Here is an article that was published some time in 2004 for a Demo Scene ‘Zine online, and possibly even in print. I can’t remember exactly what it was, and can’t find it online now. If anybody knows, or knows a Lonnie Taylor (editor for the publication that I submitted this to), please let me know, as I’d love to read the whole issue again. I believe it also had some other contributions from fellow Northern Dragons members.
After the release of the 4K demo Etherium that Northern Dragons entered into Assembly 2003, I got a few emails from people asking me for some details about how we accomplished the audio. The intention of this article is to provide a bit of insight into what we did, and hopefully answer some of those questions. You can check out the demo on Pouet at http://www.pouet.net/prod.php?which=10569, and visit Northern Dragons at http://www.northerndragons.ca
Our overall game plan, to leverage the skills of the people involved, was to create a complete sound engine module in C++, and have it converted to NASM and optimized afterwards. Since it seems that a lot of the DirectSound examples available online are in C++, it was a lot easier to figure out what we were doing that way. That, and I just felt a lot more comfortable doing a bunch of ugly trig in C++.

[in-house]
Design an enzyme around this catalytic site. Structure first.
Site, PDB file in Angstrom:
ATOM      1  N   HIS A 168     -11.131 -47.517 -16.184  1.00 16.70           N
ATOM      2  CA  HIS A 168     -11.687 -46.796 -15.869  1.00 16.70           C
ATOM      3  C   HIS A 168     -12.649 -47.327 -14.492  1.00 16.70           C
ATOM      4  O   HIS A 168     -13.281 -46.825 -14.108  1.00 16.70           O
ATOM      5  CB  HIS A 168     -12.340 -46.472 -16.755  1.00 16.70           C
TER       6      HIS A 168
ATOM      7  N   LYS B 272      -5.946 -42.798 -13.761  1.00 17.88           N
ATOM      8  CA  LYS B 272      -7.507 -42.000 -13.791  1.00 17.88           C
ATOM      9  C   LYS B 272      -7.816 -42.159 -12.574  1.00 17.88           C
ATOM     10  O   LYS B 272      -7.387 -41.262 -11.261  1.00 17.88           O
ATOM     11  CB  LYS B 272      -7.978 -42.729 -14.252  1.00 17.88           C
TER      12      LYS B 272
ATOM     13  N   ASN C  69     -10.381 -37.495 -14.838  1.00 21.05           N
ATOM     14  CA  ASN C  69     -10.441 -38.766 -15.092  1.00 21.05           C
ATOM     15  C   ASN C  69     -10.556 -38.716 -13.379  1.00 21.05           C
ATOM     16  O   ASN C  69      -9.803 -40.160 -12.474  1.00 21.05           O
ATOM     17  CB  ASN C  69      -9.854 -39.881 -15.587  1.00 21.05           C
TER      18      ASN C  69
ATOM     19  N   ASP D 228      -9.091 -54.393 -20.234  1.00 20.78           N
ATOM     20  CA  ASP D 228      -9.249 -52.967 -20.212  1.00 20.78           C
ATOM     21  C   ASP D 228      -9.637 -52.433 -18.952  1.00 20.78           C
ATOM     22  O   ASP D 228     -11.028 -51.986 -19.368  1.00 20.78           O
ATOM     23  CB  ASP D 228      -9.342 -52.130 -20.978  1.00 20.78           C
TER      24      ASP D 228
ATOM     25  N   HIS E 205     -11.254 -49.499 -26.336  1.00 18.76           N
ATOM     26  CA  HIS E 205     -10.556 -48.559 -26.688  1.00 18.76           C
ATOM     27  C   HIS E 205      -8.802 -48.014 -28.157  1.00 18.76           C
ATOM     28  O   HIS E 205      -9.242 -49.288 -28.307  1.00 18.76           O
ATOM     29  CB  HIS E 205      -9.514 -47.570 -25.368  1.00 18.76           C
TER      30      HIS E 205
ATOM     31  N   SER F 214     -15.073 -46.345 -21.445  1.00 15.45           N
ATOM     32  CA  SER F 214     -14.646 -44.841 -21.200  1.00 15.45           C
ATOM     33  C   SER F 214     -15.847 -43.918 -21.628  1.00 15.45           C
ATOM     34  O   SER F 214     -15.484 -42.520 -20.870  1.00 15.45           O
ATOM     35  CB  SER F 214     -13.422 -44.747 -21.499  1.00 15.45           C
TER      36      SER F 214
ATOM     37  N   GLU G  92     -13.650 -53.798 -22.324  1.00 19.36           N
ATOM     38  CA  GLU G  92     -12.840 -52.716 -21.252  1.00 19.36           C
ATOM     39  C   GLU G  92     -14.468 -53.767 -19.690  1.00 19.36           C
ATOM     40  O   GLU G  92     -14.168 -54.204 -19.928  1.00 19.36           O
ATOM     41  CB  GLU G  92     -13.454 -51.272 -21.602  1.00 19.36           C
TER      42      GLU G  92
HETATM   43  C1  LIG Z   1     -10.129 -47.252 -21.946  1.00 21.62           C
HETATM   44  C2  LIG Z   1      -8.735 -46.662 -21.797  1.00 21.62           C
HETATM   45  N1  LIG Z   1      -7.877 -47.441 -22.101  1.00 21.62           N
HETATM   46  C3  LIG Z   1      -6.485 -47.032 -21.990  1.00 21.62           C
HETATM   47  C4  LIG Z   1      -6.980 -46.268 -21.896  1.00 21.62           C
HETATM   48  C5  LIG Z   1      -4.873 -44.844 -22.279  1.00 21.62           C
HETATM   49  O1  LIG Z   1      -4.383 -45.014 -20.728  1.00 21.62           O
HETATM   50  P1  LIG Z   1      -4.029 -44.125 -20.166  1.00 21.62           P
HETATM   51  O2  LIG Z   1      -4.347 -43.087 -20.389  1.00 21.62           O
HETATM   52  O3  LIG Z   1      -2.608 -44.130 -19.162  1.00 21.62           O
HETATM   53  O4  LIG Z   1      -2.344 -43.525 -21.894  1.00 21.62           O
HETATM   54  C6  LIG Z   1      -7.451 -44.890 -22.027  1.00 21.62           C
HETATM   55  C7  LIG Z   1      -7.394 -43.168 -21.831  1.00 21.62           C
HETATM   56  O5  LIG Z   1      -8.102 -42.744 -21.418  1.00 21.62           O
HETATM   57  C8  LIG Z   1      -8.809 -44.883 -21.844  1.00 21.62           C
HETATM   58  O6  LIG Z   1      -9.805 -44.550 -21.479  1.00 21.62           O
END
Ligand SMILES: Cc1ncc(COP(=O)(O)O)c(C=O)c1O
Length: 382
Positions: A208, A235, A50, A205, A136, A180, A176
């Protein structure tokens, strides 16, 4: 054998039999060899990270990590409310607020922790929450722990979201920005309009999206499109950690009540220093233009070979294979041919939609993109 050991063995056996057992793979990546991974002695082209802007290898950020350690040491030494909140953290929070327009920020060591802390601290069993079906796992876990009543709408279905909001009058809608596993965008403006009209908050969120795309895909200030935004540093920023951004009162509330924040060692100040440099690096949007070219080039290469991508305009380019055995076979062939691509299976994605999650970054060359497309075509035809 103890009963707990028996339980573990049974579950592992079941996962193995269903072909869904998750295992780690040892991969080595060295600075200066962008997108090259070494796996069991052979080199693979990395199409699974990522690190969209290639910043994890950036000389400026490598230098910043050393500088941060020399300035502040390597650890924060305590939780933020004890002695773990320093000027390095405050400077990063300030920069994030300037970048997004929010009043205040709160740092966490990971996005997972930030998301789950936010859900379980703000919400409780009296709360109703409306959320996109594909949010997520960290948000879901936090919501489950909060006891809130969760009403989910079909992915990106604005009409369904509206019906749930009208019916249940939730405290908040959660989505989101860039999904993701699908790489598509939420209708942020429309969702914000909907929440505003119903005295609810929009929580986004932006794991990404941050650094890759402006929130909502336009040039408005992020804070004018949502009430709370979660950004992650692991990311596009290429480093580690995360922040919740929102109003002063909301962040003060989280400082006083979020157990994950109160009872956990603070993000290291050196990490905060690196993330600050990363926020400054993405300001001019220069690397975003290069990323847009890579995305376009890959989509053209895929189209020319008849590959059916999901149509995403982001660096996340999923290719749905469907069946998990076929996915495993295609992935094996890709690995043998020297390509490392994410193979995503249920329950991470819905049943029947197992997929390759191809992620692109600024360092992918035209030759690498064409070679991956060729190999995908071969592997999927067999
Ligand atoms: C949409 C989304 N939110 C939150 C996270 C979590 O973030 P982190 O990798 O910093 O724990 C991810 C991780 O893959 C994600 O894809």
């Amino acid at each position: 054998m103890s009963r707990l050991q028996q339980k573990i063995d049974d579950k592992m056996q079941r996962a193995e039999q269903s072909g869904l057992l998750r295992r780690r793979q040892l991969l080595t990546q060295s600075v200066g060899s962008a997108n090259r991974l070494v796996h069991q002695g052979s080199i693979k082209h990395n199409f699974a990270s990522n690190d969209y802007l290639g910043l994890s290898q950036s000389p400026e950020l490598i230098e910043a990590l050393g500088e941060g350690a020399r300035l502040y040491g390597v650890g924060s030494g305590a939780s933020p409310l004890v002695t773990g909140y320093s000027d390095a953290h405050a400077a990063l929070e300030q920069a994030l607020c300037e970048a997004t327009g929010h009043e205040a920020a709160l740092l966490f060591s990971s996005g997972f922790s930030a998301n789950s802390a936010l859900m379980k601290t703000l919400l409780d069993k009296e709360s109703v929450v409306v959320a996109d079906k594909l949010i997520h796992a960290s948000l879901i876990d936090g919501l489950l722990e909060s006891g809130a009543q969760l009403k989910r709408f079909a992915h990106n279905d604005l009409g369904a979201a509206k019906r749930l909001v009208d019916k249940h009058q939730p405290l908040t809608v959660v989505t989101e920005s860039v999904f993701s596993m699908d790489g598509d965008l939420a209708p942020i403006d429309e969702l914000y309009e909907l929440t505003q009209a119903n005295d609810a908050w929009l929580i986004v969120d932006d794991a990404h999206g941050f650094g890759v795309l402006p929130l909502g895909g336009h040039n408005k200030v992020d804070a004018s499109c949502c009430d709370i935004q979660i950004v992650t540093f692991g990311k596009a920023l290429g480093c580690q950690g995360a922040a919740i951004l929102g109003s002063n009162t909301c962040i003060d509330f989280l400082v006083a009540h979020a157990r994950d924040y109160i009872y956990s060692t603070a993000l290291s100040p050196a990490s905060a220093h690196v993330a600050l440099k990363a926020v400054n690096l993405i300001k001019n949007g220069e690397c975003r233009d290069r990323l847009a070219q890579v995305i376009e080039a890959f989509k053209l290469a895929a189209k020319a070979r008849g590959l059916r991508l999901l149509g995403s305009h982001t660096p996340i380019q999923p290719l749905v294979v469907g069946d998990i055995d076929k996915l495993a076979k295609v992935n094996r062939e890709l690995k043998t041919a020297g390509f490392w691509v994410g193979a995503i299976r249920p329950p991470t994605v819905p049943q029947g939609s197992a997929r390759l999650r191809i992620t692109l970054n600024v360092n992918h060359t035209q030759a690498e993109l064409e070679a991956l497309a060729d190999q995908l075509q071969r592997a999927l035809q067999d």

The playback engine is just a bunch of DirectSound intialization stuff that you get to by including DirectSound header files and libraries from .dll files, and defining some data structures. As a musician/math guy, it was nice to have a framework for all the initialization details created for me in C++, and then let the coders take what I had and put it into assembly. Taking that idea one step further, you can also use a framework like that to let different people work on the math, creating the sound palette, and someone else write the actual music. It’s all about division of labour, and making it a solid team effort.